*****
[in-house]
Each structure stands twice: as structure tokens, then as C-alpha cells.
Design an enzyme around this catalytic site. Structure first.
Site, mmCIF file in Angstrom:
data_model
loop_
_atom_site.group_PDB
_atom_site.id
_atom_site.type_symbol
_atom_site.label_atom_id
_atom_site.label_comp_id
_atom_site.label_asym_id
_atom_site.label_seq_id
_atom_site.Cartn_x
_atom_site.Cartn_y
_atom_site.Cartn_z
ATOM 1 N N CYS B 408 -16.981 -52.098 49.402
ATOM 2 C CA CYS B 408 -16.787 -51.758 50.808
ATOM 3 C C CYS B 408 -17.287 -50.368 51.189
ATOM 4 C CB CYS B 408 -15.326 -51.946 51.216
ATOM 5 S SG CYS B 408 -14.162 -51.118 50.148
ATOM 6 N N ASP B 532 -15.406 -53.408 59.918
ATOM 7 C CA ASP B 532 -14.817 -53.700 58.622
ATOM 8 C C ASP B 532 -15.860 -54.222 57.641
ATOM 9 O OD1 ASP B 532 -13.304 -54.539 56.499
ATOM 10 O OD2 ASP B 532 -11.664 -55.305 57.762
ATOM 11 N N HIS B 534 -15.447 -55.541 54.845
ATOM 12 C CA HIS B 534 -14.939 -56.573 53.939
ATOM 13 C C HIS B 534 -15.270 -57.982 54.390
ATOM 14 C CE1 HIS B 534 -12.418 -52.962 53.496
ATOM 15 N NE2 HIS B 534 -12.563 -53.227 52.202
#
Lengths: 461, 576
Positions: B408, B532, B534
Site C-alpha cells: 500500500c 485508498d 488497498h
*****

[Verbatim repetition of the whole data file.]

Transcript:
[in-house]
Each structure stands twice: as structure tokens, then as C-alpha cells.
Design an enzyme around this catalytic site. Structure first.
Site, mmCIF file in Angstrom:
data_model
loop_
_atom_site.group_PDB
_atom_site.id
_atom_site.type_symbol
_atom_site.label_atom_id
_atom_site.label_comp_id
_atom_site.label_asym_id
_atom_site.label_seq_id
_atom_site.Cartn_x
_atom_site.Cartn_y
_atom_site.Cartn_z
ATOM 1 N N CYS B 408 -16.981 -52.098 49.402
ATOM 2 C CA CYS B 408 -16.787 -51.758 50.808
ATOM 3 C C CYS B 408 -17.287 -50.368 51.189
ATOM 4 C CB CYS B 408 -15.326 -51.946 51.216
ATOM 5 S SG CYS B 408 -14.162 -51.118 50.148
ATOM 6 N N ASP B 532 -15.406 -53.408 59.918
ATOM 7 C CA ASP B 532 -14.817 -53.700 58.622
ATOM 8 C C ASP B 532 -15.860 -54.222 57.641
ATOM 9 O OD1 ASP B 532 -13.304 -54.539 56.499
ATOM 10 O OD2 ASP B 532 -11.664 -55.305 57.762
ATOM 11 N N HIS B 534 -15.447 -55.541 54.845
ATOM 12 C CA HIS B 534 -14.939 -56.573 53.939
ATOM 13 C C HIS B 534 -15.270 -57.982 54.390
ATOM 14 C CE1 HIS B 534 -12.418 -52.962 53.496
ATOM 15 N NE2 HIS B 534 -12.563 -53.227 52.202
#
Lengths: 461, 576
Positions: B408, B532, B534
Site C-alpha cells: 500500500c 485508498d 488497498h